Reflections of the Waterside ... throughout the generations ~
Visit by the Flying Cloud in 1966
portfolio intro ~ folio 1 ~ 2 ~ 3 ~ 4 ~ 5 ~ 6 ~ 7 ~ 8 ~ 9 ~ 10
Overleaf ~ folio 2 link

Insert's caption: FEBRUARY ~ CLIPPER SHIP "FLYING CLOUD" ~ (N. Currier 1852 ~ large folio.) One of the famous clippers built by Donald MacKay. It made the trip from New York to San Francisco, anchorage to anchorage, in 89 days ~ a record for the passage of that time. This print last appeard in the 1952 calendar.
The following text is transcribed from a page in the City of Newburyport's Annual Report (FY July 1, 1966 - June 30, 1967) ~ a copy of which was slipped into a framed photograph of the replica of the Flying Cloud on display in the City Assessor's office.

The article reports on the vessel's visit to Newburyport in the summer of 1966 ~ a venture arranged by then Mayor George Lawler. City Assessor Dan Raycroft recalls that as the first time he himself visited Newburyport ~ before he was later drawn to the Waterside community where he now lives and serves as a public official. The photograph has untold sentimental value ~ and Comity awaits his further comment, along with others who shared this experience ...

For indeed, recollections of the Flying Cloud's visit to port still resurface in the collective minds of the Waterside people. As well, this would be a watershed experience ~ for with this venture came the realization that Newburyport was destined to be a "tourist destination" ~ much as Lord Timothy Dexter himself had foretold.


The arrival of the replica of the famous clipper ship, the Flying Cloud, in Newburyport in time for Yankee Homecoming, July 31 to August 7, 1966, created a wave of interest in the fascinating maritime history of Newburyport.

Ship building and maritime trade in this city go back to the early 17th century. In one 70-year period over 100 ships were built. Newburyport carried on extensive trade and ships came from Guadeloupe, Madeira, Cadiz, Ireland, Rotterdam, Dunkirk, and Balboa and from many other exotic ports.

Last year the perennial question was asked: "What will be the theme for Yankee Homecoming?" Fortunately, the Mayor's office learned that Nova Scotia craftsmen had just completed a replica of the "Flying Cloud," a clipper type, many of which had been launched from the "Port." The City Council approved an arrangement to lease the vessel for the two remaining summer months.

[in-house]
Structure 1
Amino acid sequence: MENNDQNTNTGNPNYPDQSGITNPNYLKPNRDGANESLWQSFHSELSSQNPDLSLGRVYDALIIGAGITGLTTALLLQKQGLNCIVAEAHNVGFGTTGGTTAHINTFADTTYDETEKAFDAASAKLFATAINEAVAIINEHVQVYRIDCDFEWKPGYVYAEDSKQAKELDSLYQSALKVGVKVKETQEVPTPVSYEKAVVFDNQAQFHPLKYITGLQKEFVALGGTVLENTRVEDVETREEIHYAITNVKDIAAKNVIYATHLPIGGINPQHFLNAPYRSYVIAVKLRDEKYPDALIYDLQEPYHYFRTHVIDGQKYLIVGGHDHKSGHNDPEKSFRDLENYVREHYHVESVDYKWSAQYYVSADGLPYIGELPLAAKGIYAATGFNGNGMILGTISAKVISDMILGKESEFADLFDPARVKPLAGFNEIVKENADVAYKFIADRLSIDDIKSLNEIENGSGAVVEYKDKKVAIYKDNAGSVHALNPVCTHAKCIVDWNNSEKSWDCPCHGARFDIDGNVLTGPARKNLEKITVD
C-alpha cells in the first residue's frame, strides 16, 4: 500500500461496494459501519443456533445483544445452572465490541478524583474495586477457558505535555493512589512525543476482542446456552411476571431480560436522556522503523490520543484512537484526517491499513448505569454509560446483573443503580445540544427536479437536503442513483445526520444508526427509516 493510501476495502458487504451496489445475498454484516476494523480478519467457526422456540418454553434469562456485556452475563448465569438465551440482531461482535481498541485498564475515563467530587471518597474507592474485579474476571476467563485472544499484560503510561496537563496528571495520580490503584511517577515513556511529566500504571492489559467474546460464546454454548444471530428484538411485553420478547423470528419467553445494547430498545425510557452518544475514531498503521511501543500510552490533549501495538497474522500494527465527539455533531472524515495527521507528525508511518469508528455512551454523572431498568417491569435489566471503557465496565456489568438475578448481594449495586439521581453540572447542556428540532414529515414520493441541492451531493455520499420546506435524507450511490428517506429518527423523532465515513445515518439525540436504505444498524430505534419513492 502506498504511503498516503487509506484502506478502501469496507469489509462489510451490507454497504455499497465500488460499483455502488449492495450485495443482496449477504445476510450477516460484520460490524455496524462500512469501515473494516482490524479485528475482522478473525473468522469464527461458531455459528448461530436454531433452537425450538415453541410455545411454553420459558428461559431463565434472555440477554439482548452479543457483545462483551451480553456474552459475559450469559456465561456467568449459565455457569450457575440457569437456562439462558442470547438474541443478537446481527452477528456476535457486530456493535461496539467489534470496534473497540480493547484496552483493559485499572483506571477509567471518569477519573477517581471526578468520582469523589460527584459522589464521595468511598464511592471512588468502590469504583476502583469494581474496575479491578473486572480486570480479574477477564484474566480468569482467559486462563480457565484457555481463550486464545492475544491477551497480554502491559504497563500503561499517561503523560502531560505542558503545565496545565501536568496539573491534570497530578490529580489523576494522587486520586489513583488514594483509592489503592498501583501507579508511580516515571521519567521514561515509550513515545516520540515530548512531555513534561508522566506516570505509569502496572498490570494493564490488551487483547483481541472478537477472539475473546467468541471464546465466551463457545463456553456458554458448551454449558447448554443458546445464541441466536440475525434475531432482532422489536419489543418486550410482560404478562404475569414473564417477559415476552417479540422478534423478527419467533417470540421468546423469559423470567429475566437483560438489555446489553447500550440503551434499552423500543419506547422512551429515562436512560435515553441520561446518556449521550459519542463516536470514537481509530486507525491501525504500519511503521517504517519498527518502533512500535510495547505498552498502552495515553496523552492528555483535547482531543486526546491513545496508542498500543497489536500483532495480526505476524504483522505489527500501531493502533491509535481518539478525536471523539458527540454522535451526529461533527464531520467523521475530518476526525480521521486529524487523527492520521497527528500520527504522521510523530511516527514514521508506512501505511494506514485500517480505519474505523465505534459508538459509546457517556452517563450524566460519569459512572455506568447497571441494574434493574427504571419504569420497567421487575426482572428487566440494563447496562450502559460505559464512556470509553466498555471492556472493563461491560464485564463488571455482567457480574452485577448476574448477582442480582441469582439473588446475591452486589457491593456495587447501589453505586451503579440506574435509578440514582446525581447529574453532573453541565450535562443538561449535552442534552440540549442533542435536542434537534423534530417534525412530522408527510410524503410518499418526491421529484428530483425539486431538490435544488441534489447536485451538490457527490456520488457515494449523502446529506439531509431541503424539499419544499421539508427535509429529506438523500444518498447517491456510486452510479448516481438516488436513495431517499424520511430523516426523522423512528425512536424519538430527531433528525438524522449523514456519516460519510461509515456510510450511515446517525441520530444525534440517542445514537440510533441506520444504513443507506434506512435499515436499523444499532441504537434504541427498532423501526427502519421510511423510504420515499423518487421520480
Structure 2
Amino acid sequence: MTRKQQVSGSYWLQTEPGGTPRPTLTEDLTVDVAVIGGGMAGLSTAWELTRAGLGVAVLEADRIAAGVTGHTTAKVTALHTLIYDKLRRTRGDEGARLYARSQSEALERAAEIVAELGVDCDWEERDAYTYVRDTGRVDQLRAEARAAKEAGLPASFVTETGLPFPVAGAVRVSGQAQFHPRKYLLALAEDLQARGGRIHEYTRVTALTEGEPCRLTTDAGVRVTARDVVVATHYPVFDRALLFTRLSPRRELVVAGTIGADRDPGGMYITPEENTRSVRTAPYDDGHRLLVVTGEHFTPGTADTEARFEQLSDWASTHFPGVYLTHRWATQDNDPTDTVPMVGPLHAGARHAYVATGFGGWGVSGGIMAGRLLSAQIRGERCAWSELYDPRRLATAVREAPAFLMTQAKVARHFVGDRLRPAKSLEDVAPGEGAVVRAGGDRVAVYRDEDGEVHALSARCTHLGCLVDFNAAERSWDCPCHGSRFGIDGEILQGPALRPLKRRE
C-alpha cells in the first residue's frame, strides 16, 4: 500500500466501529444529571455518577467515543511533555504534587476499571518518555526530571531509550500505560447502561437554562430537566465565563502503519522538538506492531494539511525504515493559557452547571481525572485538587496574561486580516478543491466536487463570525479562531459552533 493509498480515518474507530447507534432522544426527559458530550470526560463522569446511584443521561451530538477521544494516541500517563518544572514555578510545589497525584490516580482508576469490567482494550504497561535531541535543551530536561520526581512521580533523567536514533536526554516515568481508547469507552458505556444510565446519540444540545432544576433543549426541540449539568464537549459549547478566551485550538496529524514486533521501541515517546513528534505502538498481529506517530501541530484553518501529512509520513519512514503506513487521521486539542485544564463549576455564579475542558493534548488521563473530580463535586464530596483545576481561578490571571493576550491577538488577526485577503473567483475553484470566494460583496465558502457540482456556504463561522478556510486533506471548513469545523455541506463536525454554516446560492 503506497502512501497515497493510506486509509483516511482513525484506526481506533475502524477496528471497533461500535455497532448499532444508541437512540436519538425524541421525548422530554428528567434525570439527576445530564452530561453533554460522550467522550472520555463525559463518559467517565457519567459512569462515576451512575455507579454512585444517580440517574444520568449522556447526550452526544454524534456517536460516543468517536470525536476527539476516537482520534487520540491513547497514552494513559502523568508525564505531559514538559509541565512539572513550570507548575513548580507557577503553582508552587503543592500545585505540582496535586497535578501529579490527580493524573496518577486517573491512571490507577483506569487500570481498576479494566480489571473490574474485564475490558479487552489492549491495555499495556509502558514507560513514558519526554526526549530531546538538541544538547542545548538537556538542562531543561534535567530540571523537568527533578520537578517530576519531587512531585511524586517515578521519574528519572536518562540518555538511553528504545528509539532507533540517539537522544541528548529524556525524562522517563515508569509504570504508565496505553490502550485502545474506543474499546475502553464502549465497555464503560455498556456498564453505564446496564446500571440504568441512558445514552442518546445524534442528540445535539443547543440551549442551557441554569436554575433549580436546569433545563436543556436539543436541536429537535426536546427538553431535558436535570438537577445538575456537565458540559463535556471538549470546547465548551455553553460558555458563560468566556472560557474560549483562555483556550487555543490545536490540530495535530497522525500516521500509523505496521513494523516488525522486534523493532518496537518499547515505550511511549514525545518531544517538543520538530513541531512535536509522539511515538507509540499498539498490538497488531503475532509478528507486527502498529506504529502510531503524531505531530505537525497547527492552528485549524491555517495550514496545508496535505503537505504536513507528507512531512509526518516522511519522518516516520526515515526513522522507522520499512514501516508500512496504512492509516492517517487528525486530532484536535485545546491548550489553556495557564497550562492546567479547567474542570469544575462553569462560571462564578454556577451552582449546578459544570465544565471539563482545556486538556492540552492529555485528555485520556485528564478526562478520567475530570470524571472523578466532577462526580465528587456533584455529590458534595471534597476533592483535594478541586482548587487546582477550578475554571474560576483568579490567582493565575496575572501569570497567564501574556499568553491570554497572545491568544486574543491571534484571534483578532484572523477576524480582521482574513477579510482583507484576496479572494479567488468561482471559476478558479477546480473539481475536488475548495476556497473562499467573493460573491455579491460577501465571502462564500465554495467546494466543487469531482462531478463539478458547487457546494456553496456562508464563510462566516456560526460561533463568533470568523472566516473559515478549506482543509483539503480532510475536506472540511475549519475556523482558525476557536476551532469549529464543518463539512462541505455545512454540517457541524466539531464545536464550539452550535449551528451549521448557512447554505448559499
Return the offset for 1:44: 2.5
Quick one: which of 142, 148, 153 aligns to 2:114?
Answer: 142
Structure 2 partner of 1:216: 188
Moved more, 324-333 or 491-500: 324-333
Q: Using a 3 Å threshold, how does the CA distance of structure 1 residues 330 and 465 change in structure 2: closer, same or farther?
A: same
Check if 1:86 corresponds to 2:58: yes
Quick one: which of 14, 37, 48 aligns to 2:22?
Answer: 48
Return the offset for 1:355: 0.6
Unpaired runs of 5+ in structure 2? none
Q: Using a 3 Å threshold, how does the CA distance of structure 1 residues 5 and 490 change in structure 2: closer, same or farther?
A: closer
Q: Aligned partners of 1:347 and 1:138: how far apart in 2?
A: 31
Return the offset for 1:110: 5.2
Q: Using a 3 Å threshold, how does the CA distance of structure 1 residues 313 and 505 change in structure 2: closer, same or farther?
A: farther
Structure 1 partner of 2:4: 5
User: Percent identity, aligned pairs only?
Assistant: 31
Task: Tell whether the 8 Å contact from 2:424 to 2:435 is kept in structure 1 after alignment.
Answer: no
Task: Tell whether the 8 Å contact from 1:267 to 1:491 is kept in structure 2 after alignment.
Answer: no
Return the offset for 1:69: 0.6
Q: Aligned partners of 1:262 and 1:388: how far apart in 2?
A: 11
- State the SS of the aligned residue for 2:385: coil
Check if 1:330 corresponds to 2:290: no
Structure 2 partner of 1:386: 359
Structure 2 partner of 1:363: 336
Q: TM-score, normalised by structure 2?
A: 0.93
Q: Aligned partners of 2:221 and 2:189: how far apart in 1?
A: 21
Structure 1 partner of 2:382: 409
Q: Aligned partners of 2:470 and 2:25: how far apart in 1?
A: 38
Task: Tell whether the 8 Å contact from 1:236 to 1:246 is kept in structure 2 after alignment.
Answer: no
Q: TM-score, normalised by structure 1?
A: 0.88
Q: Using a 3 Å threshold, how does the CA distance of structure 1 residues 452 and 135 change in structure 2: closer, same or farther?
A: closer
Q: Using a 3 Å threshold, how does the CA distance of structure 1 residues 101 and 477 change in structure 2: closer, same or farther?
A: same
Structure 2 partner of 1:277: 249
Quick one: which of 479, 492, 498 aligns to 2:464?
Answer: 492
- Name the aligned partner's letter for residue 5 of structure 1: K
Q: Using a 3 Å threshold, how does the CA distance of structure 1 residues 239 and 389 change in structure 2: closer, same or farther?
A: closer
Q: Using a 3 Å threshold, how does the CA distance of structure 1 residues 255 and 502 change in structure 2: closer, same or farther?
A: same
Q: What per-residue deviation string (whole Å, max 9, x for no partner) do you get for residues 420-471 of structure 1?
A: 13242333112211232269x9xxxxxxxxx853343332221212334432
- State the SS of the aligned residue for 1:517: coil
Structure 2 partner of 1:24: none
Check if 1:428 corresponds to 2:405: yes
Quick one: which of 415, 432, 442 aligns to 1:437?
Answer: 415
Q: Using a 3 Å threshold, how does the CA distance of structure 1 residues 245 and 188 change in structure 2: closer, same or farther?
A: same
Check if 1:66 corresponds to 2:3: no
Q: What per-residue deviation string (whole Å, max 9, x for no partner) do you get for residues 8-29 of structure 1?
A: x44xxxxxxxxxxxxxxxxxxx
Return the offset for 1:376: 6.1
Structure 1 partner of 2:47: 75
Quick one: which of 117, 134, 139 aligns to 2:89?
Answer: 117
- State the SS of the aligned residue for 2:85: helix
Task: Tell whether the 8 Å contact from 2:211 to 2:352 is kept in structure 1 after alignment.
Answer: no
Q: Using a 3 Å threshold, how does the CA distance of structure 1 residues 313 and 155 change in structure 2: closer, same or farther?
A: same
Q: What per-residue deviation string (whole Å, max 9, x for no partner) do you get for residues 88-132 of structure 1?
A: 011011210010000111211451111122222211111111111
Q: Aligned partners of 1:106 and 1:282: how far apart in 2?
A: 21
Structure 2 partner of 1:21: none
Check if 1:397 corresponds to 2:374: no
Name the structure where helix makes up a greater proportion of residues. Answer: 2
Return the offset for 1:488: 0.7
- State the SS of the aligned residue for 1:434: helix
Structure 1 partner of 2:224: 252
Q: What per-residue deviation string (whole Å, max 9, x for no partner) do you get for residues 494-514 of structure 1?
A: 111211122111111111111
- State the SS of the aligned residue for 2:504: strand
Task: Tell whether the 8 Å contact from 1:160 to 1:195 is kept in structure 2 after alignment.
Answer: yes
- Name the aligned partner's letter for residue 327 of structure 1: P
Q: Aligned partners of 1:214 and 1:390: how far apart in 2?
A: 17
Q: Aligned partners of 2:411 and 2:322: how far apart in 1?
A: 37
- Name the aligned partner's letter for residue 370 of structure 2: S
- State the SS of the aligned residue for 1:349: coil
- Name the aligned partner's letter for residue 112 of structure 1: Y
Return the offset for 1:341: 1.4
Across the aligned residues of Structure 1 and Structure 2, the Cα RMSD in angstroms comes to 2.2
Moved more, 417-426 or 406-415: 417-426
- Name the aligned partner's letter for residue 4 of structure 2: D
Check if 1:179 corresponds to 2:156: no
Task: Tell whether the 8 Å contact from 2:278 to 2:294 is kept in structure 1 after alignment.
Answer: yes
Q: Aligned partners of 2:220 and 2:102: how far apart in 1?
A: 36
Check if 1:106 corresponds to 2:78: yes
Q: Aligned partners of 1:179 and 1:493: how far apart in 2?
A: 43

It was a source of satisfaction to the citizens that over 60,000 persons paid admission to visit the boat and the community profited by adding luster to its great historic seafaring image and the venture produced a golden tide of tourist dollars.

Our visitors' interest did not cease on viewing the Flying Cloud. Thousands toured High Street and High Road, the three mile strip which some writers consider architecturally the most interesting street of its kind in the United States.

Residents sometime take for granted the unique architectural treasures of Newburyport but were again reminded of the national interest in early houses like the Tristram Coffin House, Swett-Illsely House, Short House and the Cushing House.

While Newburyport has been unable to produce a replica of her own spectacular "Dreadnaught," the famous Liverpool packet called the "wild boat of the Atlantic," there have been surveys and many discussions concerning the feasibility of a permanent historical facility which might comprise a ship replica. Custom House, and perhaps other structures of the past which would give a dimension to Newburyport's economy by putting to work locally some fraction of the estimated 500 persons which is the number now employed at Sturbridge Village, a nearby historic facility which had over a half million visitors in 1966.

(Transcribed from the City of Newburyport Annual Report, July 1, 1966 - June 30, 1967)

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